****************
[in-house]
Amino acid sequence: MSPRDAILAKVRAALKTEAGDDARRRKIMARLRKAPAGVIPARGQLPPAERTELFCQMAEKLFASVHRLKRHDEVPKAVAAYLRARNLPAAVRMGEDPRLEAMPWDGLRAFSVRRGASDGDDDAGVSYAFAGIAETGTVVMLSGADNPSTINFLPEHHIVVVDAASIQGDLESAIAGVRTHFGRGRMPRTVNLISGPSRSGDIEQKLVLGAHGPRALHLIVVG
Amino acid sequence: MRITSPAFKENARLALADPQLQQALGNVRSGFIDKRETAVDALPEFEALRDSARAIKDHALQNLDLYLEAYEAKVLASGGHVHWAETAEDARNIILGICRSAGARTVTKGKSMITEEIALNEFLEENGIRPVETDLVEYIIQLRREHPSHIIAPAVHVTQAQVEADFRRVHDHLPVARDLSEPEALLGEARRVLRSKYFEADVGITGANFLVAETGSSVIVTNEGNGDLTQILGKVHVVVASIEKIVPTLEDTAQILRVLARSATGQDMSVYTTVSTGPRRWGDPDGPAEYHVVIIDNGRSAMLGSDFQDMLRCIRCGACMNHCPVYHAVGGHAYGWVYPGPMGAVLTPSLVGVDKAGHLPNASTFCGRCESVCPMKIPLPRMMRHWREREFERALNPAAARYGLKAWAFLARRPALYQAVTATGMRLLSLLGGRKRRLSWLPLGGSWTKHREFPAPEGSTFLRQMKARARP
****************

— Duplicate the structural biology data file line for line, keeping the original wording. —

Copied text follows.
[in-house]
Amino acid sequence: MSPRDAILAKVRAALKTEAGDDARRRKIMARLRKAPAGVIPARGQLPPAERTELFCQMAEKLFASVHRLKRHDEVPKAVAAYLRARNLPAAVRMGEDPRLEAMPWDGLRAFSVRRGASDGDDDAGVSYAFAGIAETGTVVMLSGADNPSTINFLPEHHIVVVDAASIQGDLESAIAGVRTHFGRGRMPRTVNLISGPSRSGDIEQKLVLGAHGPRALHLIVVG
Amino acid sequence: MRITSPAFKENARLALADPQLQQALGNVRSGFIDKRETAVDALPEFEALRDSARAIKDHALQNLDLYLEAYEAKVLASGGHVHWAETAEDARNIILGICRSAGARTVTKGKSMITEEIALNEFLEENGIRPVETDLVEYIIQLRREHPSHIIAPAVHVTQAQVEADFRRVHDHLPVARDLSEPEALLGEARRVLRSKYFEADVGITGANFLVAETGSSVIVTNEGNGDLTQILGKVHVVVASIEKIVPTLEDTAQILRVLARSATGQDMSVYTTVSTGPRRWGDPDGPAEYHVVIIDNGRSAMLGSDFQDMLRCIRCGACMNHCPVYHAVGGHAYGWVYPGPMGAVLTPSLVGVDKAGHLPNASTFCGRCESVCPMKIPLPRMMRHWREREFERALNPAAARYGLKAWAFLARRPALYQAVTATGMRLLSLLGGRKRRLSWLPLGGSWTKHREFPAPEGSTFLRQMKARARP